One-Minute Intervention: Emotion-Focused Support for the Classroom and High-Stress Parenting
I recently gave a talk on emotional coaching, and had a parent/educator ask me for some quick tips for managing kids’ emotions when they pop up at inconvenient times. Maybe you’re trying to dish out dinner to hungry kids and get out the door to soccer on time and your son demands your attention, or you see two kids having an argument in the hallway but you are scheduled to start teaching in one minute, or maybe your student has a meltdown during her math exam– there isn’t always a lot of time for a full emotional coaching session, so what can you do? (As an aside, I am so grateful to all the educators out there who have dedicated their careers to supporting our kids – not only in their education, but in loving them through their tough moments as well)
Here’s a shorter, yet still effective way to offer emotional support and validation to help the individual shift gears and get back on track.
Being emotionally regulated is an essential component of being able to learn. To ignore a student’s big emotion and push through on the lesson plan never works. I know that emotional needs take up a lot of classroom time these days, and they can put added stress on teachers and take the student away from learning. But, it’s important to remember that emotions cannot be avoided; they are simply part of being human. However, we are often not trained in how to handle them. I would suggest that you lean into the emotion that is in front of you, even briefly, so that your student feels validated and supported. You can communicate that you see and understand him or her within one minute, and enable a shift back to the task at hand. Sound too good to be true? Well let me explain further…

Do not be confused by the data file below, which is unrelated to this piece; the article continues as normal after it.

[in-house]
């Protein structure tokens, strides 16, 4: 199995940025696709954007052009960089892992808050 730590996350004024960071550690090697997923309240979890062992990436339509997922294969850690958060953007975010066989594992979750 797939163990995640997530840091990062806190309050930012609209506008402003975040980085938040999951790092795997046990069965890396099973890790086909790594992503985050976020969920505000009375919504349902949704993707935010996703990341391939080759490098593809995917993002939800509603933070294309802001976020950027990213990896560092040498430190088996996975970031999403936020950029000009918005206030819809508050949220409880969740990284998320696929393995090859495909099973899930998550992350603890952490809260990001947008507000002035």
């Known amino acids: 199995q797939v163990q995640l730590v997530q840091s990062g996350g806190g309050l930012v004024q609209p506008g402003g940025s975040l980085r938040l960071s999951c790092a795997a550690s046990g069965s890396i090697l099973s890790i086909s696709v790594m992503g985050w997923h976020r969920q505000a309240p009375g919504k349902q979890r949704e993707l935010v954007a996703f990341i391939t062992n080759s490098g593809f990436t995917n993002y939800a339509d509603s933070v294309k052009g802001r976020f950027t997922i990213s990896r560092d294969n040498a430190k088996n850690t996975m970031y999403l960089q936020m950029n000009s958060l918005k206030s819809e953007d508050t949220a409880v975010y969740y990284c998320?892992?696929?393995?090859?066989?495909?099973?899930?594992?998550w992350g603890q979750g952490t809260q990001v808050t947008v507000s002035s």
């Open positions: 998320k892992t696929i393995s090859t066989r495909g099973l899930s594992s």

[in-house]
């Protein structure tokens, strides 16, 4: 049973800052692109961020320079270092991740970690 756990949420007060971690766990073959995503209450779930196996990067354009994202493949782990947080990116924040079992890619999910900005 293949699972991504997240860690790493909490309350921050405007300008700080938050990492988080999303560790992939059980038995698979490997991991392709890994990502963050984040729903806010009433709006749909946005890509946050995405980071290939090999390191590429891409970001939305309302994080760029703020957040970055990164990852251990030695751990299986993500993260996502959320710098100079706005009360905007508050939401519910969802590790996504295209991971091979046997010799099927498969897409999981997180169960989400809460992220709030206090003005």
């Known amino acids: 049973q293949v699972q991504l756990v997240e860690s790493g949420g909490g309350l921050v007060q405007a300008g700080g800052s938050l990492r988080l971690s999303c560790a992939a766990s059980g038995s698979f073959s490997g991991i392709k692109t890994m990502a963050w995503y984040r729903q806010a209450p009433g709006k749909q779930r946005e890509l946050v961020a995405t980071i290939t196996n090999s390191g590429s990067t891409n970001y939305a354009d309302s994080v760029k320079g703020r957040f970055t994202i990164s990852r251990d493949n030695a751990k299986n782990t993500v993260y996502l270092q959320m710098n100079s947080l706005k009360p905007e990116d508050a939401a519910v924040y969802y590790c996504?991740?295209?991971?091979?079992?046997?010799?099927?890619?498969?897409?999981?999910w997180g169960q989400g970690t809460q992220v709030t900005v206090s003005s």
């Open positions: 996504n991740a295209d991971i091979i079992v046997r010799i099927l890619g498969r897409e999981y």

In Emotion-Focused Family Therapy, we talk about emotions using the metaphor of an elevator. Reason is on the bottom floor where logic, problem-solving, and deep learning can take place. The problem arises when a big feeling causes our emotional elevator to get stuck on the top floor. In this moment, we cannot access the logical brain – we might panic, draw a blank, and freeze. When someone is losing their lid and their amygdala has sent their elevator to the top floor, their thoughts and behaviors can seem totally illogical – and they are. For example, they might say “I got 90% on my exam and I am a total failure,” or “No one likes me at school and I am never going back.” In a logical, integrated brain, these statements would seem ridiculous; they simply aren’t true. But in a panicked, unregulated brain that can’t access its logical bottom floor, these kinds of thinking patterns are hard to dismiss. Ever tried to reason someone out of their beliefs when their emotional elevator is at the top floor? Good luck!
The tool of Emotion-Focused Support helps to de-escalate your student and bring the elevator of emotion back down to the ground floor where reason resides. And I know some teachers/parents are hesitant to lean into the emotion for fear that the emotion will spill all over the place and take up too much time, but in reality, it’s actually the opposite.
This emotional support intervention can be administered in less than one minute and can quickly shift a dis-regulated young person back into a healthy space, where they are able to learn and engage in collaborative problem-solving. In the end, it actually makes teachers’ and parents’ jobs easier and more satisfying.
Formula for the classroom:
“I can understand why you might feel __________because ______, _______ and ____________.”
Read over the following examples and try them out next time you come up against a big emotion and need to bring the elevator back down to the bottom floor. And please remember kids will sniff you out as a fraud if you are simply trying to trick them with this new formula. You need to be authentic, communicating a tone that says, “I understand; this makes sense to me” so the student feels like you get where they are coming from. Feeling heard and understood is what we all want at our core, especially when we are feeling something big.
Ex.1: “I got 90% on my exam and I am a total failure”
Response: “I can understand why you might FEEL SAD because YOU STUDIED HARD ON THIS UNIT, YOU HAVE SUCH HIGH STANDARDS FOR YOURSELF and TO YOU A 90% ISN’T GOOD ENOUGH.”
Ex. 2 “No one likes me at school and I am never going back.”
Response: “I can understand why you might FEEL ALONE because YOU AND YOUR FRIENDS HAVE HAD A PRETTY BUMPY FEW DAYS, and YOU’RE A FUN KID WHO LIKES PLAYING WITH FRIENDS and YOU DON’T WANT TO BE WORRIED ABOUT PLAYING ALONE AT RECESS.”
Let me know how this new skill works for you. It’s normal to feel like a robot when you first start out, but with practice, it will become a natural part of how you take care of the emotions in front of you. Send me a message at firstname.lastname@example.org